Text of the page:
TO B-BBEE OR NOT TO BE? THAT IS THE BARNO

B-BBEE

Like many companies, Barno’s empowerment rating was negatively impacted following amendments to B-BBEE rating criteria. MD Herman Fourie talks us through Barno’s response as the company reclaimed the coveted position of a Level 1 B-BBEE contributor.

“Our rating is important to us, not only because of the commercial necessity but also because we firmly believe in the role of empowerment in building a better South Africa. Resetting our empowerment credentials was not an executive decision – we went back to our shareholders and staff and asked whether they felt BEE was important,” says Fourie.

Barno made 30% of shares available to staff – managers became proud owners and the “us and them” attitude so prevalent in manufacturing became a united “us”.

It was not that difficult to adapt to the changes required, with a number of initiatives converging to enhance empowerment. Barno made tough decisions regarding procurement, going to great lengths to buy from BEE suppliers. Enterprise development initiatives were extremely rewarding and Barno was delighted that small enterprises met Barno’s exacting standards. These suppliers enjoyed an opportunity to grow, which overall has the effect of narrowing the gap between rich and poor Reaching socio economic targets was relatively easy as there are so many worthy agencies with noble objectives, says Fourie.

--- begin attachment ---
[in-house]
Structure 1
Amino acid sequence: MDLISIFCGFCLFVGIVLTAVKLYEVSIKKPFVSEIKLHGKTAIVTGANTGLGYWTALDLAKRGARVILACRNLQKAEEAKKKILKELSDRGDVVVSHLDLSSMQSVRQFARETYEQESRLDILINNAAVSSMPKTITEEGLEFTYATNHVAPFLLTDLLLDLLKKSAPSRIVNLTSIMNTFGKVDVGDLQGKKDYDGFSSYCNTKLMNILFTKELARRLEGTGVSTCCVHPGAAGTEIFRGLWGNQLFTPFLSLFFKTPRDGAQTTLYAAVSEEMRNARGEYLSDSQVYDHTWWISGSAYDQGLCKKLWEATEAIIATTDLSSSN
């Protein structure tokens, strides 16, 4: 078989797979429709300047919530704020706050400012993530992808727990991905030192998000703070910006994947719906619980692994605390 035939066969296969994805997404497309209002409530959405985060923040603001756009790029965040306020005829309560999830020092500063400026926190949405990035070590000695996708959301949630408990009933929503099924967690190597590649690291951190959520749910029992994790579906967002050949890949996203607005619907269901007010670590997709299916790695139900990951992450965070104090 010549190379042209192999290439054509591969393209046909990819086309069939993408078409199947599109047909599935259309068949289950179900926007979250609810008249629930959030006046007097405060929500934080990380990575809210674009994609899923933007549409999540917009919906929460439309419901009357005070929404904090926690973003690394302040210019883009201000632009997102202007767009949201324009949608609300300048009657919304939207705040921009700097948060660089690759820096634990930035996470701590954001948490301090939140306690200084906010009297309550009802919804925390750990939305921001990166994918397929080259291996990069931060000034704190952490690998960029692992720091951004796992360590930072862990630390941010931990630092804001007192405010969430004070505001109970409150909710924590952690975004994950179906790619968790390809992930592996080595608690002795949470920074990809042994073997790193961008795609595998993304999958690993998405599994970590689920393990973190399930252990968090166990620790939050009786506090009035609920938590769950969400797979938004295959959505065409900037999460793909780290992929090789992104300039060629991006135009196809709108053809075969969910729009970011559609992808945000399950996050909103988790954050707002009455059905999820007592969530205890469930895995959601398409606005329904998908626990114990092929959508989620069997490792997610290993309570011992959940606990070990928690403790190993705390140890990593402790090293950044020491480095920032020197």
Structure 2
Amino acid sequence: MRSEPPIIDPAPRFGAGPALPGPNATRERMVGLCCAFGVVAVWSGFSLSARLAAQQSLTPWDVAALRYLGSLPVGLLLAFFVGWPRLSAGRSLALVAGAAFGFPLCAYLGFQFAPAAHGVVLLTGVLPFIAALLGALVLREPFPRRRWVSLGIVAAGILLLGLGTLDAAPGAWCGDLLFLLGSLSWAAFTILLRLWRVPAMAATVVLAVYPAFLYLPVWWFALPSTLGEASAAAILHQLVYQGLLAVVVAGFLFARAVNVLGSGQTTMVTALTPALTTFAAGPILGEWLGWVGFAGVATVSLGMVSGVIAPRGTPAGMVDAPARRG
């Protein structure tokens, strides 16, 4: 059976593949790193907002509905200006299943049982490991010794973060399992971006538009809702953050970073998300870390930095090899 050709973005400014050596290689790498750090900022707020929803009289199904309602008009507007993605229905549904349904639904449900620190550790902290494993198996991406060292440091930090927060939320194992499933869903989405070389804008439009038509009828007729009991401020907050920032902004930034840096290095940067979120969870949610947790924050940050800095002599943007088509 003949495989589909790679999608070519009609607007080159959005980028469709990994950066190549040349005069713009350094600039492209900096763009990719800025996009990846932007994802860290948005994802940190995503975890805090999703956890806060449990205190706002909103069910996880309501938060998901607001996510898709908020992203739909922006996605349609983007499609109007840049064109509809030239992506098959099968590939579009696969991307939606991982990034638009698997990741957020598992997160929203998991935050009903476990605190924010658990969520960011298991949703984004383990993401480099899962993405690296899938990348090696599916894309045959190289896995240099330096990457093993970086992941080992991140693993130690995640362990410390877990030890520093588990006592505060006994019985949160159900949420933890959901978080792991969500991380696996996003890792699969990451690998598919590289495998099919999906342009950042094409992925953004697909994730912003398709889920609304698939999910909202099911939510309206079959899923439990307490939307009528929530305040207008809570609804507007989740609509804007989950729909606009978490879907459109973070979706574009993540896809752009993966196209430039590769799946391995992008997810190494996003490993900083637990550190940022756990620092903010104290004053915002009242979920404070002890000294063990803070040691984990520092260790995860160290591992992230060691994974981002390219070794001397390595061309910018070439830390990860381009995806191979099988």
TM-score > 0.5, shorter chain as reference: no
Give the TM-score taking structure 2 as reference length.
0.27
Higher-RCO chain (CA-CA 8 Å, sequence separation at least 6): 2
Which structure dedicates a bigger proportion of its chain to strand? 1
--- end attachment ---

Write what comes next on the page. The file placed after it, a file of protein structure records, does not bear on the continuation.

What stands out about Barno achieving its Level 1 rating, is the fact that it was driven almost entirely by middle management. The excellent skills of consultant Fiona Paterson, combined with the drive and determination of Barno’s Lunga Mtambeka and Robert Avery, galvanised a typical team response from the Barno-bees in capturing a position that this company has become accustomed to, pole position on the grid.

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